Winston Peters has long been world famous in New Zealand. Today, the rest of the world is catching up with us.

International media covering the New Zealand election have discovered the delights of the New Zealand First leader, who holds "the main cards" after yesterday's count.

So how did the rest of the world - well, some it, anyway - cover the election?

Word spread fast of who Winston Peters is, and the power he now possesses in New Zealand politics - and that's how The Guardian saw it.


"The future of New Zealand's new government has been put in the hands of Winston Peters, a cantankerous, anti-immigration politician who prefers fishing to politics, after vote counting finished in the general election

"Peters, the unpredictable leader of the populist New Zealand First party, became kingmaker after gaining 7.5% of the vote and nine seats, although not his own seat of Northland. The 72-year-old lawyer made a teasing statement to the media about his intentions before rushing to board the last ferry home on Saturday night."

New Zealand's Trump-esque 'Kingmaker' to decide election - 7 News Australia

The New Zealand First leader was compared to Trump for his fiery rhetoric and anti-immigration policies.

"For decades New Zealand First leader Winston Peters has been known as "The Kingmaker" - a role the populist anti-immigration campaigner is set to play again after the country's general election ended in a stalemate.

"Peters, a political veteran whose fiery rhetoric has seen him compared to US President Donald Trump, knows how to extract the most from coalition negotiations.

"And despite his often trenchant views, he has shown in the past that he is pragmatic and will support either side of politics if the right offer is made.

"Peters has played kingmaker twice before."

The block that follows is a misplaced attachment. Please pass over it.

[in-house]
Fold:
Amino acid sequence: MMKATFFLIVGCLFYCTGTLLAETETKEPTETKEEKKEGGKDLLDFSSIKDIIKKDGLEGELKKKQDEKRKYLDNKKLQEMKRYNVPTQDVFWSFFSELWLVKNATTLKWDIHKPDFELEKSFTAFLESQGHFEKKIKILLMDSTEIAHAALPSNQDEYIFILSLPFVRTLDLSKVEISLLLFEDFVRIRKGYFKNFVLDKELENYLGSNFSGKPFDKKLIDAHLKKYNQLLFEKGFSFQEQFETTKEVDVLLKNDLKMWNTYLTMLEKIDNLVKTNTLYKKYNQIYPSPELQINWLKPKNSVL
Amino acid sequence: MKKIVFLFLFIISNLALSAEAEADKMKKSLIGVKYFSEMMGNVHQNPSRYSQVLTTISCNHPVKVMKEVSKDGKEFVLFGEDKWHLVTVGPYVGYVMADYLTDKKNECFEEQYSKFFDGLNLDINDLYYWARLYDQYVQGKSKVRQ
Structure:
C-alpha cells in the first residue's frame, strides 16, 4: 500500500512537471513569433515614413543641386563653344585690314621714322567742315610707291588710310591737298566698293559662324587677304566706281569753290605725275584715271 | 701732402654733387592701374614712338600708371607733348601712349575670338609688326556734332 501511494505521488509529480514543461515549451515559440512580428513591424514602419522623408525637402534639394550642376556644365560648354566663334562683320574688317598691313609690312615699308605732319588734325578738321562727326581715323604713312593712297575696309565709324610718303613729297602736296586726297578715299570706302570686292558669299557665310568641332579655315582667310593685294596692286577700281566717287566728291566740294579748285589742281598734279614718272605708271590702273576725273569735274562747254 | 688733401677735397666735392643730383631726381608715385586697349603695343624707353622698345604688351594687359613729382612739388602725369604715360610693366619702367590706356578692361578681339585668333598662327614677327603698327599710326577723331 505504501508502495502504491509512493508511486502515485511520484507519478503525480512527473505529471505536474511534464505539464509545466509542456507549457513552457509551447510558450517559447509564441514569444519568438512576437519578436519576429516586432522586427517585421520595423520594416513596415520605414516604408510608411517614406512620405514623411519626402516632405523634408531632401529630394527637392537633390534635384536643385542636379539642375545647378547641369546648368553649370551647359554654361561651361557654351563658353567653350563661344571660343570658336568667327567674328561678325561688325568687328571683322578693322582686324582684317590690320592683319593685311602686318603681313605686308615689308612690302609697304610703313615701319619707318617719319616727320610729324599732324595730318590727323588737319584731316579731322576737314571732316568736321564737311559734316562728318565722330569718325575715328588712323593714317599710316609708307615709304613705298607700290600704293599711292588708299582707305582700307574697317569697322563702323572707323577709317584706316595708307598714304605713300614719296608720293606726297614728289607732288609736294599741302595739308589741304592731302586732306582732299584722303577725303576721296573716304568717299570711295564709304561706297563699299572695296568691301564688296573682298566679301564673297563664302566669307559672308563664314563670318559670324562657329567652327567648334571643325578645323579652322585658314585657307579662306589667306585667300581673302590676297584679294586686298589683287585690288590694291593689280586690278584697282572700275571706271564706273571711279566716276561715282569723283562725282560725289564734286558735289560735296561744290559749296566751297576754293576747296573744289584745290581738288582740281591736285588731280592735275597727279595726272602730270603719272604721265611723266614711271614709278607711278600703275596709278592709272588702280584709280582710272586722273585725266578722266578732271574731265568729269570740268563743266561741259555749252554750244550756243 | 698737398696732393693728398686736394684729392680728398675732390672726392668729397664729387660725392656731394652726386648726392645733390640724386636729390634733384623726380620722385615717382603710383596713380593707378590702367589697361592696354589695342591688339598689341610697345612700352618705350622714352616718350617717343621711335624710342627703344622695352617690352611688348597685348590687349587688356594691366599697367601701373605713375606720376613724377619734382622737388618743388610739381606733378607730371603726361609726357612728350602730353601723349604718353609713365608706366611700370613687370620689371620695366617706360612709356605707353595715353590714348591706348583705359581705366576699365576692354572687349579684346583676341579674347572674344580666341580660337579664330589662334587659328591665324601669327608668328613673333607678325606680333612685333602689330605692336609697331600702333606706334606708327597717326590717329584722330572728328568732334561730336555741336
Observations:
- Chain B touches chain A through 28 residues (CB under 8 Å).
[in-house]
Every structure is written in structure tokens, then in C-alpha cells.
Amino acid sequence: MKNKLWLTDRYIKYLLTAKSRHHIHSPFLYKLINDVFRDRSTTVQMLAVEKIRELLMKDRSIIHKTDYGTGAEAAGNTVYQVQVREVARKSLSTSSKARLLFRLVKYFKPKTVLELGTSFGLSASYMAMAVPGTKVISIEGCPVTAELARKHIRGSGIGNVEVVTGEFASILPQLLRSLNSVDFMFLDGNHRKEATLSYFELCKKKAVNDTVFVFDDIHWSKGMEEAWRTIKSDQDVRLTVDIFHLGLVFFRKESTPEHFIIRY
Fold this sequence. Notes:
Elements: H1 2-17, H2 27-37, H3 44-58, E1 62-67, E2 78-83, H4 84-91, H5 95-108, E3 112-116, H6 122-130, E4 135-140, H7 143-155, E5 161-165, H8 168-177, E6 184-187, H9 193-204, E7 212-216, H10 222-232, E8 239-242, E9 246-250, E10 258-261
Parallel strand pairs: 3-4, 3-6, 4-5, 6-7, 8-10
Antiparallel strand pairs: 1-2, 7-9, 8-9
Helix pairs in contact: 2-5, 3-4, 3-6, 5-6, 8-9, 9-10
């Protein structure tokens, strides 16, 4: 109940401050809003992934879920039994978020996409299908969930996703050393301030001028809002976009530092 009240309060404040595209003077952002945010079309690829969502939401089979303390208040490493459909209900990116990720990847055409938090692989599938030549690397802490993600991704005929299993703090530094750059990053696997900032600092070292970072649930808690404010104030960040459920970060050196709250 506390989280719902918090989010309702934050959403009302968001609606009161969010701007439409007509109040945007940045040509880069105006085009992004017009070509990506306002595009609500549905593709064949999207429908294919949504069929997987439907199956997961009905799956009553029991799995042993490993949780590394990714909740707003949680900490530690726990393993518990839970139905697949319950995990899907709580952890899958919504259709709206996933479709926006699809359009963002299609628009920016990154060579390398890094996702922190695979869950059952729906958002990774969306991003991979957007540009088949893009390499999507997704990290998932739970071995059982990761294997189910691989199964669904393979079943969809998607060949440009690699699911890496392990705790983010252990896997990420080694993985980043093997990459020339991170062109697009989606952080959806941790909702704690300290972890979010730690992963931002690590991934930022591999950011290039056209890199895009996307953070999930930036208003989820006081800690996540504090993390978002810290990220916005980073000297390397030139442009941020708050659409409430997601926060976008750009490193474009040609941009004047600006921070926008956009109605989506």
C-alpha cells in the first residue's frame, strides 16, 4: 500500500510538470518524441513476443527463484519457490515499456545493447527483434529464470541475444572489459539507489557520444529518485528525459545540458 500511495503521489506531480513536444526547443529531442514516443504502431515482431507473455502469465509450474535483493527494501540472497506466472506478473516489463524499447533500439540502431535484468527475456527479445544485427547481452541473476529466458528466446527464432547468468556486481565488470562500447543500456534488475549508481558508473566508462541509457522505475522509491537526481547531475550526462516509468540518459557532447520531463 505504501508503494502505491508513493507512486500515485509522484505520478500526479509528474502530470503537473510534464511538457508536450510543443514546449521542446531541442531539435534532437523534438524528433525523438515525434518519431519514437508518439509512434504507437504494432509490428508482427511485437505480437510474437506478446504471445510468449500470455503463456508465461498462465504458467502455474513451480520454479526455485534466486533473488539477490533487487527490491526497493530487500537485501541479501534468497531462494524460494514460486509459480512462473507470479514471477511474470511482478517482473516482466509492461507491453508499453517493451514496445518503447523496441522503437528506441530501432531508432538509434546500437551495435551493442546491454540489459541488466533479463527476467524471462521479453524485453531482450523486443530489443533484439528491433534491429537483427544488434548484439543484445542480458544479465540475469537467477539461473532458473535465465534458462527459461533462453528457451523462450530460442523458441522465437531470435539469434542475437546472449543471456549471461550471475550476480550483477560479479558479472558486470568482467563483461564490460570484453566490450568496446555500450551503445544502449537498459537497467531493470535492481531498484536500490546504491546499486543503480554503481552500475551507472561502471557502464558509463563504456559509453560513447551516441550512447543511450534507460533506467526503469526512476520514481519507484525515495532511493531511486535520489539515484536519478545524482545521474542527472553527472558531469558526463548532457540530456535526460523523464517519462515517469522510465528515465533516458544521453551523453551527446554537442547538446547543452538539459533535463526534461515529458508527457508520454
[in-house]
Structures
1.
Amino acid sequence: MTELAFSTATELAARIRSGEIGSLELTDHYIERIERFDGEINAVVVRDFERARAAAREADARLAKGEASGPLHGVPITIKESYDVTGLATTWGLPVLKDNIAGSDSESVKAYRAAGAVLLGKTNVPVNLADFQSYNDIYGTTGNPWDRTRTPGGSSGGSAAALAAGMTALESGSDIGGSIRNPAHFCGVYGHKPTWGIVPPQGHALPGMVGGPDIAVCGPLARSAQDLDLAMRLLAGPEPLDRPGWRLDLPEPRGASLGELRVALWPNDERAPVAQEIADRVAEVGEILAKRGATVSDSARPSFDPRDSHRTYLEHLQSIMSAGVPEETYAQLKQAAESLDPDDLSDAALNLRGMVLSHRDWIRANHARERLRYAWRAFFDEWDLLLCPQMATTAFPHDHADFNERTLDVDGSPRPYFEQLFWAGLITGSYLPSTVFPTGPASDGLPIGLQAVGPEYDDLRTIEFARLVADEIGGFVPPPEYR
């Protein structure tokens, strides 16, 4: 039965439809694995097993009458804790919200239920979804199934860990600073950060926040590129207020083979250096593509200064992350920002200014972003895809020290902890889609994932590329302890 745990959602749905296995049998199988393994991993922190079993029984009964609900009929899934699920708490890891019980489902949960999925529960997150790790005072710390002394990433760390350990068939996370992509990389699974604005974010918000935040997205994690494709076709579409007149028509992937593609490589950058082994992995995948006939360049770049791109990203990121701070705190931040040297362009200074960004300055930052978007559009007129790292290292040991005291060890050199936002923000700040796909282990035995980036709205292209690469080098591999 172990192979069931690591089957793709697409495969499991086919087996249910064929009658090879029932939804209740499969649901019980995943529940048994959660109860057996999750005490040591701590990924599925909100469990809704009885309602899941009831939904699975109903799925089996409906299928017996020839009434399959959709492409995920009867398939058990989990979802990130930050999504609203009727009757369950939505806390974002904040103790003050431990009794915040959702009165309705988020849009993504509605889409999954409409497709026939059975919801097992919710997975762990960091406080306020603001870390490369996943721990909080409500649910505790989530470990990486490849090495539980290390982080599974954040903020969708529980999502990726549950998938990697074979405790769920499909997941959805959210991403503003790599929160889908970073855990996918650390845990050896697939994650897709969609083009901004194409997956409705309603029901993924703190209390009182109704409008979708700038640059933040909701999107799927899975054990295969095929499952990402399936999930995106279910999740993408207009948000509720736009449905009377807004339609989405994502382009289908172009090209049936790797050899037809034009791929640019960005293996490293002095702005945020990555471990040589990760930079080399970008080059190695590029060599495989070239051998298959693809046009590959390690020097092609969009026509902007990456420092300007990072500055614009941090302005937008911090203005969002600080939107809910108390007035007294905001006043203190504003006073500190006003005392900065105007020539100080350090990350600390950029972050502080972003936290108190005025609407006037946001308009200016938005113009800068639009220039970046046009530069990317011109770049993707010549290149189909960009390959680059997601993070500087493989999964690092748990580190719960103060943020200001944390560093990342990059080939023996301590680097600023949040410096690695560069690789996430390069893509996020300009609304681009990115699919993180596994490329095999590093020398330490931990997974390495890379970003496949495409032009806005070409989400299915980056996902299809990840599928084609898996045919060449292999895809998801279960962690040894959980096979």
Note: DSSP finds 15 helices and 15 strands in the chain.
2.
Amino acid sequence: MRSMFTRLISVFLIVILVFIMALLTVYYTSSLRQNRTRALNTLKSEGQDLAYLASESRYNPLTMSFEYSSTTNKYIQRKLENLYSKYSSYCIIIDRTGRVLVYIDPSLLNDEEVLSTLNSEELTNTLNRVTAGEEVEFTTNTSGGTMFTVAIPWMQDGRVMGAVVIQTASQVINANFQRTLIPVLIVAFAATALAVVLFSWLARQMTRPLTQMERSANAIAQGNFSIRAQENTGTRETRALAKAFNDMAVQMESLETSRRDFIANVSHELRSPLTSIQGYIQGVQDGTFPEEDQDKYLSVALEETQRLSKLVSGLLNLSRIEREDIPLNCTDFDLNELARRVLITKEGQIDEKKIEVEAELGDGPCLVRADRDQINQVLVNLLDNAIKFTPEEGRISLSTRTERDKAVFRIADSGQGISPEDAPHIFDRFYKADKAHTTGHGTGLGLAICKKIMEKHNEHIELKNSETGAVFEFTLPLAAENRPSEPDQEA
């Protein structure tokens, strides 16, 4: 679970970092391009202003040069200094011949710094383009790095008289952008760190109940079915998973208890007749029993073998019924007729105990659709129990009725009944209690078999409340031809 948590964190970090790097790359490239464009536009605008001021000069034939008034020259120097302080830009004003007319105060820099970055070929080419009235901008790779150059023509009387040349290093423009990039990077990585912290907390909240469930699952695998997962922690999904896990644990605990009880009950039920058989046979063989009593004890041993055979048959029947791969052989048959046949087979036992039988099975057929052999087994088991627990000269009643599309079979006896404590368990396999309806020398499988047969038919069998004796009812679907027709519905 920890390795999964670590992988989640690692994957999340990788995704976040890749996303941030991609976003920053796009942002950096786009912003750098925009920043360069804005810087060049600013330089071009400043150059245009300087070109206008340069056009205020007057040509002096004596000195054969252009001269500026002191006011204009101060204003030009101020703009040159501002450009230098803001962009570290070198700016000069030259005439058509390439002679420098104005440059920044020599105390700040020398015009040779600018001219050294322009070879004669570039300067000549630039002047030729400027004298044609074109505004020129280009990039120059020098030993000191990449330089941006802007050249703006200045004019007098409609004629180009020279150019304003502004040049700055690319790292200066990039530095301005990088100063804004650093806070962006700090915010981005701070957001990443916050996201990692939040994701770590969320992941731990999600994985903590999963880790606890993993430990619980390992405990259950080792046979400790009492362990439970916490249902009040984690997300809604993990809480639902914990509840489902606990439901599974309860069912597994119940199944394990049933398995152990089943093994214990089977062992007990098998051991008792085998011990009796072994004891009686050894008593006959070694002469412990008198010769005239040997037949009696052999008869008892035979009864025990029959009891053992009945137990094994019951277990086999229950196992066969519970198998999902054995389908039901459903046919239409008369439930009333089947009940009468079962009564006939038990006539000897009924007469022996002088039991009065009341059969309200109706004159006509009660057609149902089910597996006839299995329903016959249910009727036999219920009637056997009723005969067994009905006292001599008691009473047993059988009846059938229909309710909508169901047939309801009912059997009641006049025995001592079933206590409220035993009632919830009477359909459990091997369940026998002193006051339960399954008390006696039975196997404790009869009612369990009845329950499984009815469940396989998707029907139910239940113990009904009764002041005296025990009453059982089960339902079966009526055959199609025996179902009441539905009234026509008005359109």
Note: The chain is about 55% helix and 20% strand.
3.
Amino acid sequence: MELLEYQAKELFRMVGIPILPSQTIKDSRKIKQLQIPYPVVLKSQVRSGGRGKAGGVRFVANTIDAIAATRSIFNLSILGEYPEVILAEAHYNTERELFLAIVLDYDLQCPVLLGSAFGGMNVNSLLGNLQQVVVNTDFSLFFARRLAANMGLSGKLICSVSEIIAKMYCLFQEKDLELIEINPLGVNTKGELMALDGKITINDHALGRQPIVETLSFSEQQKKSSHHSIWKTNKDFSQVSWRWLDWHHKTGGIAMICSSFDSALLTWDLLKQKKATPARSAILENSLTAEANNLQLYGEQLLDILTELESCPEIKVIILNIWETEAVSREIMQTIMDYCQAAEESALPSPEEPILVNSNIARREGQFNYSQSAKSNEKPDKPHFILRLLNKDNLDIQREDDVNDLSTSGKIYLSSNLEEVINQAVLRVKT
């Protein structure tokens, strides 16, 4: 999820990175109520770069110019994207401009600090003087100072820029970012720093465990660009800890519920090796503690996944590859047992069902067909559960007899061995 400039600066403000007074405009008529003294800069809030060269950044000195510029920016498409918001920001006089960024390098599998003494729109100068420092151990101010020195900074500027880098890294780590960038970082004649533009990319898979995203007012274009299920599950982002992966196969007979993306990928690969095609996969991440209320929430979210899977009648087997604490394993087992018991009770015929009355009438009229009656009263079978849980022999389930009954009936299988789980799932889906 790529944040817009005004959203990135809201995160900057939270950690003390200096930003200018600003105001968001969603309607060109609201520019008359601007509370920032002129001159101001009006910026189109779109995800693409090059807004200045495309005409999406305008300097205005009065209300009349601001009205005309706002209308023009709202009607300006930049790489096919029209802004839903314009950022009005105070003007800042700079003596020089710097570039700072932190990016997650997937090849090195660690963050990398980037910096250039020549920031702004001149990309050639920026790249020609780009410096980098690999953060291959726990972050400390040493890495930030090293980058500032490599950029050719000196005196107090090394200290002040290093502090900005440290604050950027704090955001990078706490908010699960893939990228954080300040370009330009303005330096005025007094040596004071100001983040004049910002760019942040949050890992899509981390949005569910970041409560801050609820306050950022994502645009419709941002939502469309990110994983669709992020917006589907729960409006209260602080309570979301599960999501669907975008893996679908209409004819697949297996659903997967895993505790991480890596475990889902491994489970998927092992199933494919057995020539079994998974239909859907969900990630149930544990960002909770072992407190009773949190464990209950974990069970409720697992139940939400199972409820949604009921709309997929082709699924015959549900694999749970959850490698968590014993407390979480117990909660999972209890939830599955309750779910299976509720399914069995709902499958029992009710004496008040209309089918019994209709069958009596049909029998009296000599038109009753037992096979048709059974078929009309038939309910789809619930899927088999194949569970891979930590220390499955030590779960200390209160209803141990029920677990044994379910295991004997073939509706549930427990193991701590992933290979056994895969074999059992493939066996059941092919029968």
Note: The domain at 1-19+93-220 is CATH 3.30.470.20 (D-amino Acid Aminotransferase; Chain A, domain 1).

"New Zealand First leader Winston Peters is set to be kingmaker, as the New Zealand election on Saturday ended with neither major party securing a majority to form government.

"Mr Peters has been kingmaker, a label he despises, twice before but history is no indication of what decision he'll make this time around.

"In 1996, he sided with National, working alongside prime minister Jim Bolger and later his successor Jenny Shipley, who coincidentally was having dinner at the same restaurant as Mr Peters party on Saturday night."

Center-right party hangs on in New Zealand election - New York

"After a tumultuous campaign, the center-right governing party in New Zealand placed first in the country's general election on Saturday, but failed to capture a parliamentary majority, meaning it will have to assemble a coalition if it wants to extend its nine-year hold on power."

The NY Times reported Winston Peters would hold the cards to power, writing: "Although Peters leans to the right, he is unpredictable, and he could conceivably ally with Labour and the Green Party, which won 7 seats."


New Zealand election stalemate in volatile campaign - The Telegraph

"The campaign has been the most volatile in recent memory, with momentum swinging from Mr English to Ms Ardern and then back again.

"Mr English was in the driving seat to win a fourth term until Ms Ardern took over the Labour Party last month.

"She galvanised support for the ailing centre-left party, giving it a 20-point popularity boost to draw level with National."